May 30 2019
We would like to inform you that the 50th IRCMS Seminar has been scheduled as below. We would be pleased to see many of you participating in the seminar.
Date : July 18, 2019 (Thursday)
Time : 16:00-17:00
Venue : IRCMS 1F Meeting Lounge
Speaker : Aiko Sada, Ph.D.
Life Science Center for Survival Dynamics,
Tsukuba Advanced Research Alliance (TARA),
University of Tsukuba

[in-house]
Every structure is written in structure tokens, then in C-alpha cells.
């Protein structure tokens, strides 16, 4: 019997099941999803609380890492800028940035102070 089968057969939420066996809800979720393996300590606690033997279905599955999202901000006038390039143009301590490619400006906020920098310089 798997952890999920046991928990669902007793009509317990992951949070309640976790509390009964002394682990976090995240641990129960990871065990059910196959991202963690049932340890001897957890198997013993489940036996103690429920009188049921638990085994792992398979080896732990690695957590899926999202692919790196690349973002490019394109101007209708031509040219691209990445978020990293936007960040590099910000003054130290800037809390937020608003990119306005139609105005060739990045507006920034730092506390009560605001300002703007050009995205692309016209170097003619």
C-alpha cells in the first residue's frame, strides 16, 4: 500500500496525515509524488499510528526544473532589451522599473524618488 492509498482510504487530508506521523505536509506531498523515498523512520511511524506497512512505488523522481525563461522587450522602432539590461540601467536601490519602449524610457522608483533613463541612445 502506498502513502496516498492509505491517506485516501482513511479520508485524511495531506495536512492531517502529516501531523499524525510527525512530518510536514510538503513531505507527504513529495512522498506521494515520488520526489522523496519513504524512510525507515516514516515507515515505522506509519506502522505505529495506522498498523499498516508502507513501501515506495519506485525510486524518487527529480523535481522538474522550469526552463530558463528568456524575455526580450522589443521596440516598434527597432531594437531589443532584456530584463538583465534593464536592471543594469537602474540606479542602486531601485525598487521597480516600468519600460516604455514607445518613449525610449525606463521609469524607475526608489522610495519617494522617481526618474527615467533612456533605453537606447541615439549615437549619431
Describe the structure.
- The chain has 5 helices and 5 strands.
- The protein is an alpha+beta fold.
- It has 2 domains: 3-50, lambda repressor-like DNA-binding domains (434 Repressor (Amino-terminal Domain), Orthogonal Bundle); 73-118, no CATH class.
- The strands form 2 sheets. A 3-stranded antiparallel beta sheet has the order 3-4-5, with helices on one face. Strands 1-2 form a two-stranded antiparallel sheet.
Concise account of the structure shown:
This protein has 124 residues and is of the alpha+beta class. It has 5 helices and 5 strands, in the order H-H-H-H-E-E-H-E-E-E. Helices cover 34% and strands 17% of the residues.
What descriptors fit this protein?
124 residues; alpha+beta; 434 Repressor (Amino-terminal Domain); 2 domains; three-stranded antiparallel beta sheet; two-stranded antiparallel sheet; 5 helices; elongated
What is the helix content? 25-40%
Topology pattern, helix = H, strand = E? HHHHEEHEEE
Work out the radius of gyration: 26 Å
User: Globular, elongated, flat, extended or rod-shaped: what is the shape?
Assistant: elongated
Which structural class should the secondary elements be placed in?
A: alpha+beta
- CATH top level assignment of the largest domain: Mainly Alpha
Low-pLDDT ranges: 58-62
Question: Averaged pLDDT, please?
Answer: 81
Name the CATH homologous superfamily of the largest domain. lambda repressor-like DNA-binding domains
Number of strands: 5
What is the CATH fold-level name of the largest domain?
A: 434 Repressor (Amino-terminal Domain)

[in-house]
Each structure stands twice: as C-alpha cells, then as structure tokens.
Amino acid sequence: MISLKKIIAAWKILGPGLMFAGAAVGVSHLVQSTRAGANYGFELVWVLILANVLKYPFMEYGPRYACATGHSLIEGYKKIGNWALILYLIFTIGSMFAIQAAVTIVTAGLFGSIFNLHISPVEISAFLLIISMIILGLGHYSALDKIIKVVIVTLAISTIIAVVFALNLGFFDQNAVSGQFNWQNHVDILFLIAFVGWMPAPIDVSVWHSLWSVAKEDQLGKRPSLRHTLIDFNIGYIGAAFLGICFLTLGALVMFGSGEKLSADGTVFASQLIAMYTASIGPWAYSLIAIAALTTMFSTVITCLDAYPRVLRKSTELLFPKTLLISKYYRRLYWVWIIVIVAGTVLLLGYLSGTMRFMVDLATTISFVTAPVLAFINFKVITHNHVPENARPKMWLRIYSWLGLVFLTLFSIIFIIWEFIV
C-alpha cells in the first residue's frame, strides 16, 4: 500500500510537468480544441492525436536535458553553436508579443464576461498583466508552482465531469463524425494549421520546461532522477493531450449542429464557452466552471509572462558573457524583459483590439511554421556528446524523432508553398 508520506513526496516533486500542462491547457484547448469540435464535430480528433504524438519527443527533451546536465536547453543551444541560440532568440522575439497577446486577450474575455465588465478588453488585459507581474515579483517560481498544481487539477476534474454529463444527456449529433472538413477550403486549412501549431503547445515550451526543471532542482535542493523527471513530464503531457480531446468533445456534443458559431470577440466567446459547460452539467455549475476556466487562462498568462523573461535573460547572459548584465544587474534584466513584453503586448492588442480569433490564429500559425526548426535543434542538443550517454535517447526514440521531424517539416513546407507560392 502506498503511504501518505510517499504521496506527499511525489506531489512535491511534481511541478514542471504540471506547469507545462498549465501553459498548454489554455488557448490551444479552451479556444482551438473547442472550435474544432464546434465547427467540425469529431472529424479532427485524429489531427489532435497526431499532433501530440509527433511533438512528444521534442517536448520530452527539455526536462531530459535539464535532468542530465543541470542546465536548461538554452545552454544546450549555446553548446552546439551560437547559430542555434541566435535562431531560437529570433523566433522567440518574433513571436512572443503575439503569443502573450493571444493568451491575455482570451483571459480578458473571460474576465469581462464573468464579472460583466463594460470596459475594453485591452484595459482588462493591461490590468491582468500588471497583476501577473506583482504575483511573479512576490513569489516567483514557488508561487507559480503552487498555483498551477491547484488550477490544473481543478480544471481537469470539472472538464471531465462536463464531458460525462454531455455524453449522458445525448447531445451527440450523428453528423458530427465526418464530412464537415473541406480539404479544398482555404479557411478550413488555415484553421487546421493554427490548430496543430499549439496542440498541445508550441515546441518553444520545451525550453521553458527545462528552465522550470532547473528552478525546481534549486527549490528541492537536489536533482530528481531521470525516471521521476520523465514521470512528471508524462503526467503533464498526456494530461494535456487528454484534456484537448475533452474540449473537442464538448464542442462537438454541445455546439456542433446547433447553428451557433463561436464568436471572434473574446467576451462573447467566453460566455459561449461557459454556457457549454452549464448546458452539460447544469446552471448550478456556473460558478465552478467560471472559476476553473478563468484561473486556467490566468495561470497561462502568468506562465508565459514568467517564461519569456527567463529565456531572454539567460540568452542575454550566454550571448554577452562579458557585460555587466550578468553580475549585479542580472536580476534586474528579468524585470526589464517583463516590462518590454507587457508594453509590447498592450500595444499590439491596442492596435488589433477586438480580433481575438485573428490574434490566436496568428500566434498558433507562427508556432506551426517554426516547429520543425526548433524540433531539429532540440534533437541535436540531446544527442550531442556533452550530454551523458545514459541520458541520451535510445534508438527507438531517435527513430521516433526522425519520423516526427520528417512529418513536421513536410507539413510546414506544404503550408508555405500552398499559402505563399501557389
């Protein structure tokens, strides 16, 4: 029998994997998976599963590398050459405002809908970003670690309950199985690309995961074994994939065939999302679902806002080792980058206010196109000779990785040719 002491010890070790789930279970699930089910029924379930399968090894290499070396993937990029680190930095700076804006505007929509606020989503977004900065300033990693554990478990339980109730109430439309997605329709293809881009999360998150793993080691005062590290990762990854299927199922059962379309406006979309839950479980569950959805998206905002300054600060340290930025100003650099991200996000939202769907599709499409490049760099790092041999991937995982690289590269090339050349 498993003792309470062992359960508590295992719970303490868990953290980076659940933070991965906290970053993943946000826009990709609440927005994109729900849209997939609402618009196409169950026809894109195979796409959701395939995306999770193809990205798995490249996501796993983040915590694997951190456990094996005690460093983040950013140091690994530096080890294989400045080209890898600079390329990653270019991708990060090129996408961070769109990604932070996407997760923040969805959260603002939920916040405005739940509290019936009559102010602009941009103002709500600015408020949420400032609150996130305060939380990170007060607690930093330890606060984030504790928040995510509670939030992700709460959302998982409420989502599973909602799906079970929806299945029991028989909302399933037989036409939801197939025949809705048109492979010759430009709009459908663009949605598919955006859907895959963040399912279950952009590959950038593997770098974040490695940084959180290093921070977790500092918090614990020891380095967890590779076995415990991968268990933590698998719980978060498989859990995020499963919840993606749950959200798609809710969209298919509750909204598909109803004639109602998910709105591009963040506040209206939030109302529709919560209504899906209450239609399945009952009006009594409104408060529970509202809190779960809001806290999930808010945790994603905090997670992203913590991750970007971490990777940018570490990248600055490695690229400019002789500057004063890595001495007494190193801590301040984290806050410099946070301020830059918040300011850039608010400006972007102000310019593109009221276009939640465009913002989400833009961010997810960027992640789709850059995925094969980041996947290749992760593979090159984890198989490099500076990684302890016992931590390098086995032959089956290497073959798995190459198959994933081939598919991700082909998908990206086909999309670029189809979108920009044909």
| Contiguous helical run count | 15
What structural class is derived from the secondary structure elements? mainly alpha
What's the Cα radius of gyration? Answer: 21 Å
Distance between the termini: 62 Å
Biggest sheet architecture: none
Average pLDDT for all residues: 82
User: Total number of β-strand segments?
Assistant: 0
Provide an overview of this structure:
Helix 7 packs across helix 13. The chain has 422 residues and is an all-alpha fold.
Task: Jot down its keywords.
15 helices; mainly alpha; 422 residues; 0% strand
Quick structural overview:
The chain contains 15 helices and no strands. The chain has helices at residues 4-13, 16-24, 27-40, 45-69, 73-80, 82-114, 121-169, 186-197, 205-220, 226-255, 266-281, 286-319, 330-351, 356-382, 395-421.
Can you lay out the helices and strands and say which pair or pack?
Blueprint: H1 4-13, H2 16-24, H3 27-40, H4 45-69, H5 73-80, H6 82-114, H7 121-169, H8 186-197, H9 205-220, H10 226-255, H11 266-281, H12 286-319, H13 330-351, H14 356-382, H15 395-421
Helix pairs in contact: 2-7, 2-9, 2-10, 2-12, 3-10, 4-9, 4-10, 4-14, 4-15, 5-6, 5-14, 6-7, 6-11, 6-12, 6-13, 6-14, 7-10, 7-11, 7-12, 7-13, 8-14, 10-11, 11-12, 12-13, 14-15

Stem cells maintain the tissue integrity during homeostasis and show remarkable plasticity to quickly respond to various stress or damages of the tissue. Dysfunction or misregulation of stem cells leads to tissue dysfunction, including impaired wound healing, cancer and aging.A classical model predicts that tissue stem cells divide less frequently than their immediate daughter, so called transit-amplifying cells, to protect themselves from accumulating genetic mutations, tumorigenesis and aging. Contradicting to this model, our previous study proposed the co-existence of two distinct stem cell populations - slow-cycling and fast-dividing stem cells - in the mouse epidermis, which can renew themselves and produce differentiation lineages, and differs in their molecular profiles and spatial territories1). These two populations of stem cells exist not only in the skin epidermis, but also in other epithelial tissues, such as oral and eyes. We identified an extracellular matrix protein Fibulin-7, as a potential regulator to define the territorial segregation of distinct stem cell populations in the epidermis. With the discovery of two populations of stem cells in the epidermis, it remains elusive how they work together to maintain the tissue in a long run and what is the biological significance of having heterogeneous stem cell populations within the same tissue. Considering that fast-dividing stem cells experience three times more divisions than slow-cycling ones over the entire life span, they may lose their stem cell ability prematurely or cause malignant transformation due to life-long, repeated cell divisions. Our recent study supports this hypothesis, indicating that slow-cycling and fast-dividing stem cells may react differently to aging2). Our work will reveal the cellular and molecular mechanisms of stem cell aging in epithelial tissues, with implications for applications in regenerative therapy and for future treatments of age-related disorders, including cancer.